Google and Microsoft Clash Over IE Fuzzer Release

Tuesday, January 04, 2011

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Did a Google staff researcher jump the gun by releasing a tool that identifies dozens of exploitable bugs in Internet Explorer before critical patches were available, or did Microsoft drop the ball back in July by not addressing the problems when first presented to them?

A cyber-drama is playing out surrounding Michal Zalewski's release of his Internet Explorer fuzzing tool dubbed "cross_fuzz".

The tool has been used to identify multiple vulnerabilities in the Microsoft browser, and could be used to aid in the creation of malicious exploits.

"I am happy to announce the availability of cross_fuzz – an amazingly effective but notoriously annoying cross-document DOM [Document Object Model] binding fuzzer that helped identify about one hundred bugs in all browsers on the market – many of said bugs exploitable," Zalewski wrote in his blog.

Zalewski claims to have presented the tool to Microsoft early last summer,and that he received no response from them until just days before the tool was set to be released.

Microsoft counters that the version of the tool presented back in July did not reveal any vulnerabilities, and that a second version presented late in December did in fact elicit a response from the company - a request to not release the tool.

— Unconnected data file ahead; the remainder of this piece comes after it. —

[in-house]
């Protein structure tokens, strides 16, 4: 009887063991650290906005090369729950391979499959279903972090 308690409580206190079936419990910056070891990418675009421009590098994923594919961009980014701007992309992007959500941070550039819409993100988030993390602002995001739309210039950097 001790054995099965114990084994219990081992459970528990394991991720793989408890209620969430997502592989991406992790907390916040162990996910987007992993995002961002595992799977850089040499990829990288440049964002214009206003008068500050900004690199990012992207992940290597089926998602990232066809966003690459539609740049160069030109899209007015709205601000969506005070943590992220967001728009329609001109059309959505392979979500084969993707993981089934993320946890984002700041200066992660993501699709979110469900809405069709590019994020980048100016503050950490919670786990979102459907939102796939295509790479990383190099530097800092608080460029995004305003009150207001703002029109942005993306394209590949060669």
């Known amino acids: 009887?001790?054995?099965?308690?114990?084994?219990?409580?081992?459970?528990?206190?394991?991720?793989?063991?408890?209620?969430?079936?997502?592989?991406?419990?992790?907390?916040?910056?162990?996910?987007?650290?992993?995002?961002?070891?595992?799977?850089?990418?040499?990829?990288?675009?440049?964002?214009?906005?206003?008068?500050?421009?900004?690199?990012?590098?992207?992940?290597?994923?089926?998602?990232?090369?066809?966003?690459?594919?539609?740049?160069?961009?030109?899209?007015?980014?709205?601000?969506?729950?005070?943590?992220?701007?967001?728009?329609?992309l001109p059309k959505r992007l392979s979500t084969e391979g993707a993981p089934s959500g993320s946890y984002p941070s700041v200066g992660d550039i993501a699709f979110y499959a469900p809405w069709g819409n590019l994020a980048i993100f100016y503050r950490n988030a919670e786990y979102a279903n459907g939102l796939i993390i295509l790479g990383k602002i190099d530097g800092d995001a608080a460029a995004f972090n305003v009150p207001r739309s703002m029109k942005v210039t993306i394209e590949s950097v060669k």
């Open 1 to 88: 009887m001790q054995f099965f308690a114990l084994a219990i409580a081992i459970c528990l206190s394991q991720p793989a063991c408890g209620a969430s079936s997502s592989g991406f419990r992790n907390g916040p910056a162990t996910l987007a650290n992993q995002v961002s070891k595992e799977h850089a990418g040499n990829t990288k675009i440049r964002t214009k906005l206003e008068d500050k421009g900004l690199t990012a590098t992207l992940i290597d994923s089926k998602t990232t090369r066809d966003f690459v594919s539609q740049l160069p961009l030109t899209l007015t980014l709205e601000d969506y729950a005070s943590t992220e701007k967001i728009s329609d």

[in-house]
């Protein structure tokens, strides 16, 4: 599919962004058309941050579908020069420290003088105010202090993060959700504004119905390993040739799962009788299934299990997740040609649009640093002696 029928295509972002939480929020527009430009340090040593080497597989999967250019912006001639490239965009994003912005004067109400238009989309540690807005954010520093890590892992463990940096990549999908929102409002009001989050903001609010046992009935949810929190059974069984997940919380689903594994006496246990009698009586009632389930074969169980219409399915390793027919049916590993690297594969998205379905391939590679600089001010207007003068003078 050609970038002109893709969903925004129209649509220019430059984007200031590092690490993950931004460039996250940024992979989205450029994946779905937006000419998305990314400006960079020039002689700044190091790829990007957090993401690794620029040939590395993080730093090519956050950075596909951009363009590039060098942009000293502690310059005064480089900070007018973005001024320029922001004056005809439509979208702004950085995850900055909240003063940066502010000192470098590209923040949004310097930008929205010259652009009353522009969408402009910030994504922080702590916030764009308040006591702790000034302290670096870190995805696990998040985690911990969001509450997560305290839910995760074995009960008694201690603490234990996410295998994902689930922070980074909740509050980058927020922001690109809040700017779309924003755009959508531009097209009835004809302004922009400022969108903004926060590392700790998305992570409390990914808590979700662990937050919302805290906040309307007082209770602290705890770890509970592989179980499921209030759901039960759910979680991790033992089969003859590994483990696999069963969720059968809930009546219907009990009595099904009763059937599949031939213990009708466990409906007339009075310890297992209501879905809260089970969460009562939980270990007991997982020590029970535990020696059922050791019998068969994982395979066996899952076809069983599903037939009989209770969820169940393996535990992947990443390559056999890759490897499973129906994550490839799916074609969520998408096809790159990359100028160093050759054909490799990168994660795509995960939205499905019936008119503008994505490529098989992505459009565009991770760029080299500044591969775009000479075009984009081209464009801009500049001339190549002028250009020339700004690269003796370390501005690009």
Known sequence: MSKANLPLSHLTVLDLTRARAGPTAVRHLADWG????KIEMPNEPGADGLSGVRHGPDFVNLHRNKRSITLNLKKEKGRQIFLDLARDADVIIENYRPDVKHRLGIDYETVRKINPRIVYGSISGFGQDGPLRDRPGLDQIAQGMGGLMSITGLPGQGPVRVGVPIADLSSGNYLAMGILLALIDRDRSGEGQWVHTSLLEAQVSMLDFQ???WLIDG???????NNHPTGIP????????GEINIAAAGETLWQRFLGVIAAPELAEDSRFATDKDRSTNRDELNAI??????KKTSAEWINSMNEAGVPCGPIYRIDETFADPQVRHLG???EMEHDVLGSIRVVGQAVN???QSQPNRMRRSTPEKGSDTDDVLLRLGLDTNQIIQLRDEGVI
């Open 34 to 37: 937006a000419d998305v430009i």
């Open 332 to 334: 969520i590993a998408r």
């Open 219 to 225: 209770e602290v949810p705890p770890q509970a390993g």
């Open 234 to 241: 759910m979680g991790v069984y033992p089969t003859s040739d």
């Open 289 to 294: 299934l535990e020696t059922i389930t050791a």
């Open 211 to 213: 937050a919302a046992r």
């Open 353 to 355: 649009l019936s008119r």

"At the time [in July], neither Microsoft or the Google security researcher identified any issues. On December 21, a new version of the tool was reported to us along with information about a potentially exploitable crash found by the new version," said Microsoft's Jerry Bryant.

Google has on at least one prior occasion released information on a Microsoft vulnerability prior to the release of a patch, and similarly claimed to have notified Microsoft of the bug months before.

The two companies compete for customers in several areas including search engines, browsers and email applications, which could account for the difference in opinions on what exactly qualifies as a notification, and whose responsibility it is to follow through on protecting consumers.

"We believe that it’s important for the security community to work together to solve issues and protect customers, as well as for vendors to move swiftly to fix serious vulnerabilities that have been reported to them. Michal's disclosure falls within our stated recommendations for vulnerability disclosure," said a Google spokesperson.

Source:  http://www.esecurityplanet.com/features/article.php/3919086/Google-Researcher-Posts-Internet-Explorer-Fuzzer.htm

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